If you’re good, when you die you go to Central Oregon’s John Day River and go fishing for smallmouth bass. But wherever you go fishing, part of the fun is eating what you catch. Here’s how to cook a fish outdoors using only aluminum foil, a knife and a heating source.
by Leon Pantenburg
Great-tasting fish starts as soon as they’re caught. Here are some tips from “Fish Alaska” magazine to
help make those fish as good to eat as they are fun to catch:
- Fish flesh is very perishable, so keep fish alive as long as possible, and out of direct sunlight. A metal link basket or live box is best. A stringer can damage the flesh and increase chances of bacterial contamination. I usually take along a large cooler about half-full of ice, and toss the fish in there.
- Clean the fish as soon as possible, because time and heat can rob freshness and flavor. Gut and lightly rinse your fish to remove blood and bacteria. This will help prevent spoilage and will keep any parasites from migrating into the flesh of the fish. If making fillets, rinse the fish in clean cold water to remove blood, bacteria and enzymes.
- If the fish have been frozen, thaw fillets in the refrigerator, in the microwave or under cold running water. Food defrosted in the microwave should be cooked immediately. Thawed fish should be used within one to two days.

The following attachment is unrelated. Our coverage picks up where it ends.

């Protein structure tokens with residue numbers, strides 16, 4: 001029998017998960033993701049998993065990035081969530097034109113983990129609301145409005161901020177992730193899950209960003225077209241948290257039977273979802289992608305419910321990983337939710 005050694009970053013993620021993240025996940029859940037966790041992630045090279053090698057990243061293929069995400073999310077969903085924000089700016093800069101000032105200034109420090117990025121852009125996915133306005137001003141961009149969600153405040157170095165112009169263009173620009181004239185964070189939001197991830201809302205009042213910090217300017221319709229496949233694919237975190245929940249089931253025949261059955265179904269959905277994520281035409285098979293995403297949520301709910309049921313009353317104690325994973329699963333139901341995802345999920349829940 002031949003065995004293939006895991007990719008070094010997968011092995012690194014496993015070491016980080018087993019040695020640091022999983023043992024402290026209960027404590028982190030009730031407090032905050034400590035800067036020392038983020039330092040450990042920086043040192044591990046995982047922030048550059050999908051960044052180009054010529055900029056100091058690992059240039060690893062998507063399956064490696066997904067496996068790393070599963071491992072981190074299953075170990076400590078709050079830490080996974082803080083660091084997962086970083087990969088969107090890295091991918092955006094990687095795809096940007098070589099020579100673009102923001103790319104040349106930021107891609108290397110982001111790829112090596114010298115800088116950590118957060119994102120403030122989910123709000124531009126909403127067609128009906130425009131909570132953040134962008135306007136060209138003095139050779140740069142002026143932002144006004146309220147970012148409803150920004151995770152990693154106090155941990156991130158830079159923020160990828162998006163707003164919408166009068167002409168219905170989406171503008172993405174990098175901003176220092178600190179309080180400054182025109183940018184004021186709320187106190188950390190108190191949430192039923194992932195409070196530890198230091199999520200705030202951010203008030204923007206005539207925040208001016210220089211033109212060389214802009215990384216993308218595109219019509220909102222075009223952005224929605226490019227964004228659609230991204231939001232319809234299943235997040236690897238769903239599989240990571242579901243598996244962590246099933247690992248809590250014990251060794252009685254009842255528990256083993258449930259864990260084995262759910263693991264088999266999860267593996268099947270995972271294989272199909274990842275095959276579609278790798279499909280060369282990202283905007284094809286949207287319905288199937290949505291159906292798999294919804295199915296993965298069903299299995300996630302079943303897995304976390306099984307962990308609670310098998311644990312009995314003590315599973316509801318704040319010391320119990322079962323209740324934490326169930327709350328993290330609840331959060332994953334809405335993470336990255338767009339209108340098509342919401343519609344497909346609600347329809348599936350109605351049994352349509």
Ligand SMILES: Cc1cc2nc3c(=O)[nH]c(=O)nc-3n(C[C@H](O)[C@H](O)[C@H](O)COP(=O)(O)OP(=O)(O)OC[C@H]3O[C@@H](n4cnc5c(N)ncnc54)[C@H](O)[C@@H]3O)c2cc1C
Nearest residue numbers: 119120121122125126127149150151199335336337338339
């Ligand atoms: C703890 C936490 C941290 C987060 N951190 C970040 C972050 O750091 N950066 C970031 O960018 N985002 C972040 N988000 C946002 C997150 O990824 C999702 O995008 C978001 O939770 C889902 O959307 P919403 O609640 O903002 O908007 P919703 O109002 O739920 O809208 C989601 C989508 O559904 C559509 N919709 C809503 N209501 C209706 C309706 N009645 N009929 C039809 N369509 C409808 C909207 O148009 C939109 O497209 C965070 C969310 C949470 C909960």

- Moist-heat cooking methods are unnecessary. Methods that develop flavor, such as broiling, baking or frying, are preferred. Cook fish until it flakes with a fork. Undercooking fish can be risky, while overcooking can result in a tough, bland-tasting dish.
Here is my go-to recipe for making any kind of fish in foil. In this case, I used trout, but the choice of fish and seasonings are up to you.
Trout Foil Wraps
1 large square of aluminum foil (about 24-by-24 inches)
- Salt, pepper and favorite seasonings
2 lemon slices
Small trout, head removed
Place the aluminum foil on a flat surface and put the trout on top. Sprinkle the fish, inside and out with salt, pepper and seasonings. Put lemon slices on top and a couple pats of butter. Wrap tightly.
Place on hot grill or directly onto the coals of a campfire. Cook about 5 to 8 minutes on one side, and then turn. The fish is done when the flesh is opaque and flakes easily.